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Journalist arrested following report on Facebook security flaw

(IFJ/IFEX) - May 19, 2011 - The International Federation of Journalists (IFJ) is concerned that a journalist was arrested by police and his iPad seized after he reported on a security flaw on the popular social networking service Facebook.

Fairfax Media technology reporter Ben Grubb, 20, reported on May 16 on a Facebook privacy vulnerability test conducted at an internet security conference session in the state of Queensland. The test revealed that IT experts were able to access photographs protected by Facebook's privacy settings.

Queensland Police received a complaint about the May 16 story and the following day moved on Grubb, who was questioned before being asked to hand over his iPad. When Grubb questioned the legislation that allowed officers to confiscate the device, he was informed he was under arrest in relation to receiving unlawfully obtained property. The journalist was released a short time later, but the iPad was held by police.

"I was told that forensics officers were going to make a complete copy of the information on my iPad, whether it related to this matter or not," Grubb said on on May 18.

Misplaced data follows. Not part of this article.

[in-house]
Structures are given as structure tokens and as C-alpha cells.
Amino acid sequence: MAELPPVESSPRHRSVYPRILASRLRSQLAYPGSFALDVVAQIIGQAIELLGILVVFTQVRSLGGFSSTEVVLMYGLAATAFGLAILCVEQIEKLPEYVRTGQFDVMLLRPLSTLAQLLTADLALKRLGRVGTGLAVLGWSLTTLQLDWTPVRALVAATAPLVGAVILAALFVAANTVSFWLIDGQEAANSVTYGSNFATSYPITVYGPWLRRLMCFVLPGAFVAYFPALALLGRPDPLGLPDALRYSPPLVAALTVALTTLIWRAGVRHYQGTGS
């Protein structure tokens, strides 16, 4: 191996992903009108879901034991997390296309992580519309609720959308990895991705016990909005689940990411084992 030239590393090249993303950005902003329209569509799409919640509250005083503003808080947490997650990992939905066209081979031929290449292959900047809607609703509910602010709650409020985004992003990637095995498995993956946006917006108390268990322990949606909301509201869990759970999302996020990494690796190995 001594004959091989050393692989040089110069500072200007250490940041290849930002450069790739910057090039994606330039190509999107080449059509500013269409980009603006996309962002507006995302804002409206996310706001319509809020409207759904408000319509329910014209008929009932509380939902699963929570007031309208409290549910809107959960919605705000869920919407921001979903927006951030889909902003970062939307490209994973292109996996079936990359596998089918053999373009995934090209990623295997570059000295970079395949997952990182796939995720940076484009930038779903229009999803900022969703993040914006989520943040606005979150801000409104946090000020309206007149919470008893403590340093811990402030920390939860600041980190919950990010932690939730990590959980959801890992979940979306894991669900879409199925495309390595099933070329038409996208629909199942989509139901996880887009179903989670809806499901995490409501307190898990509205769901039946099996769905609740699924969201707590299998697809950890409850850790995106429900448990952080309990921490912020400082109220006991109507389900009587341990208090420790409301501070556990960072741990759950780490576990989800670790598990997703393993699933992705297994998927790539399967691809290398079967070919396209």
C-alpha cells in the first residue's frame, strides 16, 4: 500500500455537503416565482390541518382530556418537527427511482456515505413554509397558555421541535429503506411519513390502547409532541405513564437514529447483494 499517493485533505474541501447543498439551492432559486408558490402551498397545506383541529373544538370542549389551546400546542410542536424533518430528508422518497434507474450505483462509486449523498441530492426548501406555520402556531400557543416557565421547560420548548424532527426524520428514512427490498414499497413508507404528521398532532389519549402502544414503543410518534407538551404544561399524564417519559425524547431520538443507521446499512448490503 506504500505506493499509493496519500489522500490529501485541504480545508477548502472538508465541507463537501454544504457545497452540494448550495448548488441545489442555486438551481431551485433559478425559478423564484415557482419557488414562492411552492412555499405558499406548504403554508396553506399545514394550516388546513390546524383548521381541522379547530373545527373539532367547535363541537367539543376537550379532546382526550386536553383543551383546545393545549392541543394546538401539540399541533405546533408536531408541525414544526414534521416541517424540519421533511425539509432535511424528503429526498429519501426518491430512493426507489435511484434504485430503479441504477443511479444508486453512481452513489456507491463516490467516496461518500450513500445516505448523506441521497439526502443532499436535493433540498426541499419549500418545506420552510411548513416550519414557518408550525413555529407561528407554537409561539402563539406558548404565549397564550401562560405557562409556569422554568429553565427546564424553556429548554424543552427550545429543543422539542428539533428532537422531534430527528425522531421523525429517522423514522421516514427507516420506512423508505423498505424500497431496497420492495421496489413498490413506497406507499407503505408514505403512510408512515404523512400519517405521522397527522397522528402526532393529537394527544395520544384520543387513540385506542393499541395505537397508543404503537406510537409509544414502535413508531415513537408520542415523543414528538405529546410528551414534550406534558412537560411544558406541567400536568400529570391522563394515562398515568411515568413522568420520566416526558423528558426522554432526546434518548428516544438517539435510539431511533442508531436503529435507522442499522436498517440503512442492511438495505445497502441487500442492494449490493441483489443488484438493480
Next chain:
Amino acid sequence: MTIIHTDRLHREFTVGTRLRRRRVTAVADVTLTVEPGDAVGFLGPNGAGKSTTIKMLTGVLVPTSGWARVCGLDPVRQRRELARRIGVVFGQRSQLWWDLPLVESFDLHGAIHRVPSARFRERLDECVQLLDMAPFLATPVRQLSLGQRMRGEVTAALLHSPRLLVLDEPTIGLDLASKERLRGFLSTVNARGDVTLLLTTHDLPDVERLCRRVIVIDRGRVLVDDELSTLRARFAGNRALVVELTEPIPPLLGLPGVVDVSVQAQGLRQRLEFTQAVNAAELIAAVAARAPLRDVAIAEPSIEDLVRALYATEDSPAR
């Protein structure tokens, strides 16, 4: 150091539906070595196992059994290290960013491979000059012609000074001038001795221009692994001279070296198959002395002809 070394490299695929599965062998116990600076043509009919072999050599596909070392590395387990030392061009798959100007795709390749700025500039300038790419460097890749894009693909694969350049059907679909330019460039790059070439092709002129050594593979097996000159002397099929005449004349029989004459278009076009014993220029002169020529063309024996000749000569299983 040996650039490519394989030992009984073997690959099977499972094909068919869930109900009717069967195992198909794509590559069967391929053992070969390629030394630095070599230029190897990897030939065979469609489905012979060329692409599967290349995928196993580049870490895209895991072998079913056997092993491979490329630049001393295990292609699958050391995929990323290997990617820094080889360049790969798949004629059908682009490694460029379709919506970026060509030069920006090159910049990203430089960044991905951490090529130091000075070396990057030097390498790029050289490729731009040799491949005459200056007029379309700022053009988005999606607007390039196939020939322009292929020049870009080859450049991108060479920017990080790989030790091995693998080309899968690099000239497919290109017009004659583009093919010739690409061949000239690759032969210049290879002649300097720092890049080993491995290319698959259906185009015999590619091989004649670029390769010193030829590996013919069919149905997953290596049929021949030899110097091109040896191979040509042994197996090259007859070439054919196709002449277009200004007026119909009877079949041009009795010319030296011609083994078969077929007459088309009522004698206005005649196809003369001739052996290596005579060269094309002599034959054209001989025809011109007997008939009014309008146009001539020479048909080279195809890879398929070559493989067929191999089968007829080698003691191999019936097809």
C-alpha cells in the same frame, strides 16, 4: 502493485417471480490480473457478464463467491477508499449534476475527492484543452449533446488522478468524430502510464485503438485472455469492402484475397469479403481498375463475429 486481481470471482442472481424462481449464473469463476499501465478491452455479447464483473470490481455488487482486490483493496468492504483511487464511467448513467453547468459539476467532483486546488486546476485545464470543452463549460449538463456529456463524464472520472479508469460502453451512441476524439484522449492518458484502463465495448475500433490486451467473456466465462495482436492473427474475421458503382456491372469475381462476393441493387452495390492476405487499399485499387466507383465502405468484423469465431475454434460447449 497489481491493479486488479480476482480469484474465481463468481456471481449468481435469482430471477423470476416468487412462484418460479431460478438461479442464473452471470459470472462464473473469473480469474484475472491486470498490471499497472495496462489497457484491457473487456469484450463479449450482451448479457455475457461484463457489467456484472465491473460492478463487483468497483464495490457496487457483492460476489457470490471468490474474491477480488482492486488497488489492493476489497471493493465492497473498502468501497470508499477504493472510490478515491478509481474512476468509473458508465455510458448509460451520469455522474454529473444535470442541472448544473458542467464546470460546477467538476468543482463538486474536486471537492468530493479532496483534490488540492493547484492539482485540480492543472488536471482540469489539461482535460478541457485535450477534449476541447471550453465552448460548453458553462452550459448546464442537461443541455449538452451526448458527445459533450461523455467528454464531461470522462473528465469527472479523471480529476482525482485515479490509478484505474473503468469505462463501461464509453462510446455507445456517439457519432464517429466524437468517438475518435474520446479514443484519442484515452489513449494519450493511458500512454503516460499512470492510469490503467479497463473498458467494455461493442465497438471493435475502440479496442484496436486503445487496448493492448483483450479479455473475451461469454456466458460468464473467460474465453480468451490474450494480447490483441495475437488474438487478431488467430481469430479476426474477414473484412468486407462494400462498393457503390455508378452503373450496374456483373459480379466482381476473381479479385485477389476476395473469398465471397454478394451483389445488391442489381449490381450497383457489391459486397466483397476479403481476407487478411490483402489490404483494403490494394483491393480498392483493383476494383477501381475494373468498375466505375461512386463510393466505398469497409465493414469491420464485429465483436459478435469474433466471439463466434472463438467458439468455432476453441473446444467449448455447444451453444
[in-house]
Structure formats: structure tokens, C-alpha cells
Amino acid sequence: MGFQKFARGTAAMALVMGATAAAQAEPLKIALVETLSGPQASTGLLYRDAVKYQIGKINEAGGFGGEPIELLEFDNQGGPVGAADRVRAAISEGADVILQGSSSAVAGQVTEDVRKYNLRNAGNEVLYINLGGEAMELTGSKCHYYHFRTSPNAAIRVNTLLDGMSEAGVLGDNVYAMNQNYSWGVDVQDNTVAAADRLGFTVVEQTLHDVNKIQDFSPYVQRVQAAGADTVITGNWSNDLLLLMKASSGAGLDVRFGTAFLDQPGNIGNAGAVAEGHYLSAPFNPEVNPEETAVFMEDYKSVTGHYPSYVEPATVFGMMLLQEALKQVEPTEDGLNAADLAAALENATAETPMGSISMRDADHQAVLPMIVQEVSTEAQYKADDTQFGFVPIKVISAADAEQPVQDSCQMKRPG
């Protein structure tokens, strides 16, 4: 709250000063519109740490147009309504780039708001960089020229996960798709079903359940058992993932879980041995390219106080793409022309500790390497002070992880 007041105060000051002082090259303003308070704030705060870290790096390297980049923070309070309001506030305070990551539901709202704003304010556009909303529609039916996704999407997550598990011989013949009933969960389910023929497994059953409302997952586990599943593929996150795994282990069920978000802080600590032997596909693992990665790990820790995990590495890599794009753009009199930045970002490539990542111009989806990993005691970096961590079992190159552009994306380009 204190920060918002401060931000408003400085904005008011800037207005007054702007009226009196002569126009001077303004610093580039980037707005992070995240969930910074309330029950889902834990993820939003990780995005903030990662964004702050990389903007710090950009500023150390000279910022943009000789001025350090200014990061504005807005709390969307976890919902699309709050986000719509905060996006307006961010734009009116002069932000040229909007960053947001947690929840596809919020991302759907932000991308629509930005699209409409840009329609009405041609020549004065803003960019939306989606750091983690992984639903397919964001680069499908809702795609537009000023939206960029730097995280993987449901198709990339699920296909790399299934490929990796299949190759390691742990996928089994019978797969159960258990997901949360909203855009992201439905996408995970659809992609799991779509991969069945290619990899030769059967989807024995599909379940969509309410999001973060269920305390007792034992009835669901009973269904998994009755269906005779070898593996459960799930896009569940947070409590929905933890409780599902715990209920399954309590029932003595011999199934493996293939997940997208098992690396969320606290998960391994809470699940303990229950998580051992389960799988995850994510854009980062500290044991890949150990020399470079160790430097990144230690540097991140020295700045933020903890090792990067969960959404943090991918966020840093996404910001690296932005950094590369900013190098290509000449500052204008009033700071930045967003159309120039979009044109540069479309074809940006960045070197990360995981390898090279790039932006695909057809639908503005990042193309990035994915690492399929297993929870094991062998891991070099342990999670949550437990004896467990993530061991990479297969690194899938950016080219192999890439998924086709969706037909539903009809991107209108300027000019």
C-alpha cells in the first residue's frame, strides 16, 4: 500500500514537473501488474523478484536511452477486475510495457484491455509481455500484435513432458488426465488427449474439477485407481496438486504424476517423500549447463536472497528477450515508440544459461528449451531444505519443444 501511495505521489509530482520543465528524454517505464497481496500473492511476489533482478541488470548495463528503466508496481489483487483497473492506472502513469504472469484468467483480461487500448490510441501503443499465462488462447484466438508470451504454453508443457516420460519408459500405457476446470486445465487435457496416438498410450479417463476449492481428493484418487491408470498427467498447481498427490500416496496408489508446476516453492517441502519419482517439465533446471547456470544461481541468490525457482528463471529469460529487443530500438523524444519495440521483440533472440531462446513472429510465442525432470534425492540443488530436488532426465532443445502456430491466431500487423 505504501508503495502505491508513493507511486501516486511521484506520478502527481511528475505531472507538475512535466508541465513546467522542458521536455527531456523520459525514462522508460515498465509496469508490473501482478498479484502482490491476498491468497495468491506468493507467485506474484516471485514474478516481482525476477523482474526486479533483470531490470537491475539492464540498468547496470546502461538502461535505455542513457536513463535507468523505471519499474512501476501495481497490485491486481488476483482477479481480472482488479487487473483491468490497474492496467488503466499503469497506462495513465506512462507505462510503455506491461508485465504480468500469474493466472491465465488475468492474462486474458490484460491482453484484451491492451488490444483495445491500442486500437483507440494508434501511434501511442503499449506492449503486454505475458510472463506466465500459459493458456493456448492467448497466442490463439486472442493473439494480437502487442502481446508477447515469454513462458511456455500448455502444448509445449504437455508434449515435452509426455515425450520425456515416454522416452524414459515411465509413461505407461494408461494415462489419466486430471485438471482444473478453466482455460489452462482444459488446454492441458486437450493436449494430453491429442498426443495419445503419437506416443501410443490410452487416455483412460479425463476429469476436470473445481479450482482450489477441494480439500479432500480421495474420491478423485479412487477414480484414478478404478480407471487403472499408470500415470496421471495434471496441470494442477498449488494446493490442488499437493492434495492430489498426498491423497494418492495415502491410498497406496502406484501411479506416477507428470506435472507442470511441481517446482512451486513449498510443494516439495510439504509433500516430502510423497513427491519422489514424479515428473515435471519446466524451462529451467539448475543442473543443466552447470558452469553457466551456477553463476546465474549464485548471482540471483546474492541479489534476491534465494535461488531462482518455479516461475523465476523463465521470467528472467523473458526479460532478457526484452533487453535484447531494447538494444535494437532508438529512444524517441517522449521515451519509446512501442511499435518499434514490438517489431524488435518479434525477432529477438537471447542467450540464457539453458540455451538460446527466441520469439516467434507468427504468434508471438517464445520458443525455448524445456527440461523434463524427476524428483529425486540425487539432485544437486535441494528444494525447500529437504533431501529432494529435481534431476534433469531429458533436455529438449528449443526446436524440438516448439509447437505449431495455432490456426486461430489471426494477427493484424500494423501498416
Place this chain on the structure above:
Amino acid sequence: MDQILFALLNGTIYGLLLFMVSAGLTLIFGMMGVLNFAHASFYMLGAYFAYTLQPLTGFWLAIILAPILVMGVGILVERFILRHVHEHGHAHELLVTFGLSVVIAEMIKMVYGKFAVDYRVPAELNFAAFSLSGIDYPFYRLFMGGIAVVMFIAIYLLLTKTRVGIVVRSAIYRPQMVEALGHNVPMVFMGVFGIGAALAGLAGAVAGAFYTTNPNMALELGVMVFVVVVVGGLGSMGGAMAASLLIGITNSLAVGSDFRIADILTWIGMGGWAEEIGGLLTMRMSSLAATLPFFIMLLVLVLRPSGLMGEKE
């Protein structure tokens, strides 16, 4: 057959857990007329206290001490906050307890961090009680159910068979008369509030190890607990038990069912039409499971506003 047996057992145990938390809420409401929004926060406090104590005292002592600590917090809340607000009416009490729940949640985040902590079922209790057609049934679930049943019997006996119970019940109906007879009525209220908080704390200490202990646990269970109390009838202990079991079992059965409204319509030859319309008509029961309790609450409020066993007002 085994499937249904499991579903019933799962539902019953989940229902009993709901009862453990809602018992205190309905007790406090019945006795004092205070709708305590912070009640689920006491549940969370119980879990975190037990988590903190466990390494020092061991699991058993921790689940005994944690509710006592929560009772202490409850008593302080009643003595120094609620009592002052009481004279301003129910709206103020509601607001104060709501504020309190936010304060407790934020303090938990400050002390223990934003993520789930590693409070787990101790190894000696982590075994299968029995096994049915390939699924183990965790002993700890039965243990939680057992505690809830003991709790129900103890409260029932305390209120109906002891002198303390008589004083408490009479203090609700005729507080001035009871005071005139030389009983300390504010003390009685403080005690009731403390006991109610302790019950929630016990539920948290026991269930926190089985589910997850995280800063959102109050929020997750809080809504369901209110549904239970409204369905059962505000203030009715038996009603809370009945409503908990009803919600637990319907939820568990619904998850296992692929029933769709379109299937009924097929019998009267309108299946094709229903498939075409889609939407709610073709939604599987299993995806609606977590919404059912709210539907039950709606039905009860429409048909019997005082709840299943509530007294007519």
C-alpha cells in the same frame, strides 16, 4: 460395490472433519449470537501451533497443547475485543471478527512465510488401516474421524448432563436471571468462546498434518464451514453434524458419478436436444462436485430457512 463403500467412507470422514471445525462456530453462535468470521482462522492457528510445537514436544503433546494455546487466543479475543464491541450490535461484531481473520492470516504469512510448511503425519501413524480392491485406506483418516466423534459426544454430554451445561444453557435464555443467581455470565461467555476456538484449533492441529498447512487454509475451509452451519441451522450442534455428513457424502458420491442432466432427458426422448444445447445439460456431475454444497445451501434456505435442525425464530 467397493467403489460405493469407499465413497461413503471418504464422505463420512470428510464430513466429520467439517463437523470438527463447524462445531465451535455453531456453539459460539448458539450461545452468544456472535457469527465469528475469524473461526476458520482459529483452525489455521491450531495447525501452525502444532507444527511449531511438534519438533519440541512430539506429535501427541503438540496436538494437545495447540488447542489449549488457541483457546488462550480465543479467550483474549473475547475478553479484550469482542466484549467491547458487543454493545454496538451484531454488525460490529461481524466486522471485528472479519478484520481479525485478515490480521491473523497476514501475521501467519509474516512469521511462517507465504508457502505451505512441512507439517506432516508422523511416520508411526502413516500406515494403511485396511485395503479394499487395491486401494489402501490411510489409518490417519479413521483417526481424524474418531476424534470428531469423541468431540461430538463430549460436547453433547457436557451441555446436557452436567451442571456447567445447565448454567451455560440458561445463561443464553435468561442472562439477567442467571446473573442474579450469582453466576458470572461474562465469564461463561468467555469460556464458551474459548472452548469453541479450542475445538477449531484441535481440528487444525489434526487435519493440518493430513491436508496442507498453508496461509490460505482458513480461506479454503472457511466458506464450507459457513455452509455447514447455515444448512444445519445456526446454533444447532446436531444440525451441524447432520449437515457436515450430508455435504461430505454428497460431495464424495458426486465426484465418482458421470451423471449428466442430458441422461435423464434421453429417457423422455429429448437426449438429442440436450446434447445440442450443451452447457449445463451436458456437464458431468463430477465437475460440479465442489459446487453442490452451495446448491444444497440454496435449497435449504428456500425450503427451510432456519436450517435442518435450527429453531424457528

"I feel like I have been unfairly targeted. Journalists must be able to report what they observe - that's what they've been doing for ages and so to see this kind of policing occurring is very alarming."

Chris Warren, the federal secretary of IFJ affiliate the Media, Entertainment & Arts Alliance, said the actions by Queensland Police breached the journalist's right to report freely.

Obtaining the iPad should have been authorised by a subpoena, Warren said, and officers should have presented the reporter with the option of having his lawyer present before answering any questions.

"This particularly draconian and unnecessary action on the part of Queensland Police shows how fragile press freedom is in Australia," Warren said.

"There is a real risk that journalists - and their sources - will be wary when it comes to using new technologies to gather news, which is a major concern."

It was a credit to the reporter that he recorded the police interview on his iPhone, Warren said.

"The IFJ is surprised and concerned to see such a flagrant violation of press freedom in a country where it is often taken for granted," IFJ Asia-Pacific Director Jacqueline Park said.

"Efforts by Grubb's colleagues and supporters to keep pressure on Queensland Police following its actions reinforce how important it is that all journalists maintain vigilance for breaches of press freedom."

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